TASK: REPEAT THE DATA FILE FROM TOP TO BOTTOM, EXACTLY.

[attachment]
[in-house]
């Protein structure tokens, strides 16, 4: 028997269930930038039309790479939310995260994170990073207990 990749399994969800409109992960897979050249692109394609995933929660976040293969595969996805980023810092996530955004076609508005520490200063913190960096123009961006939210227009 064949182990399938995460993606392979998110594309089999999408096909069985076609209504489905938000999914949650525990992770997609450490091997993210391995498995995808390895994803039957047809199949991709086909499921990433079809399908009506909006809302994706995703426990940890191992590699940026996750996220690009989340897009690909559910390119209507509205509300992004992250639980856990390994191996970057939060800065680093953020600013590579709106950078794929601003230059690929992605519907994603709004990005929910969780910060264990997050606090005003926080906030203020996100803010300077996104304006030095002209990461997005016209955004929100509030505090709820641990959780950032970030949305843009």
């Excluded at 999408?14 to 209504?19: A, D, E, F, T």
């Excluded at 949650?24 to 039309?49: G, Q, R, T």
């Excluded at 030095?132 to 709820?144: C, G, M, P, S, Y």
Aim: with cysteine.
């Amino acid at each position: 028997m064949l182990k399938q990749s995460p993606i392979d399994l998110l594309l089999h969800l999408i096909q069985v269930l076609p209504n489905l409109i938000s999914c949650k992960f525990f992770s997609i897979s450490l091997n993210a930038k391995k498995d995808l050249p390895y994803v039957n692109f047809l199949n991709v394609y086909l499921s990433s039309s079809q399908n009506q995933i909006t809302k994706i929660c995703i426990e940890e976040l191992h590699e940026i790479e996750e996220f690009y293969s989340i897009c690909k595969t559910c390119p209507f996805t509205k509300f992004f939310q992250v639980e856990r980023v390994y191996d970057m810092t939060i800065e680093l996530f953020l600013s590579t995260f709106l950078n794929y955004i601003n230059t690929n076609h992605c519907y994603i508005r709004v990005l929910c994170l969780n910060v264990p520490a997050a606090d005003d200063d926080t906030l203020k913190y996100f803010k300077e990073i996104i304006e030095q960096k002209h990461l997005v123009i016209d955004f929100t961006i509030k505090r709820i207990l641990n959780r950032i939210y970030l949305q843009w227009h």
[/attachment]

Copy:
[in-house]
């Protein structure tokens, strides 16, 4: 028997269930930038039309790479939310995260994170990073207990 990749399994969800409109992960897979050249692109394609995933929660976040293969595969996805980023810092996530955004076609508005520490200063913190960096123009961006939210227009 064949182990399938995460993606392979998110594309089999999408096909069985076609209504489905938000999914949650525990992770997609450490091997993210391995498995995808390895994803039957047809199949991709086909499921990433079809399908009506909006809302994706995703426990940890191992590699940026996750996220690009989340897009690909559910390119209507509205509300992004992250639980856990390994191996970057939060800065680093953020600013590579709106950078794929601003230059690929992605519907994603709004990005929910969780910060264990997050606090005003926080906030203020996100803010300077996104304006030095002209990461997005016209955004929100509030505090709820641990959780950032970030949305843009």
């Excluded at 999408?14 to 209504?19: A, D, E, F, T």
């Excluded at 949650?24 to 039309?49: G, Q, R, T």
């Excluded at 030095?132 to 709820?144: C, G, M, P, S, Y």
Aim: with cysteine.
């Amino acid at each position: 028997m064949l182990k399938q990749s995460p993606i392979d399994l998110l594309l089999h969800l999408i096909q069985v269930l076609p209504n489905l409109i938000s999914c949650k992960f525990f992770s997609i897979s450490l091997n993210a930038k391995k498995d995808l050249p390895y994803v039957n692109f047809l199949n991709v394609y086909l499921s990433s039309s079809q399908n009506q995933i909006t809302k994706i929660c995703i426990e940890e976040l191992h590699e940026i790479e996750e996220f690009y293969s989340i897009c690909k595969t559910c390119p209507f996805t509205k509300f992004f939310q992250v639980e856990r980023v390994y191996d970057m810092t939060i800065e680093l996530f953020l600013s590579t995260f709106l950078n794929y955004i601003n230059t690929n076609h992605c519907y994603i508005r709004v990005l929910c994170l969780n910060v264990p520490a997050a606090d005003d200063d926080t906030l203020k913190y996100f803010k300077e990073i996104i304006e030095q960096k002209h990461l997005v123009i016209d955004f929100t961006i509030k505090r709820i207990l641990n959780r950032i939210y970030l949305q843009w227009h």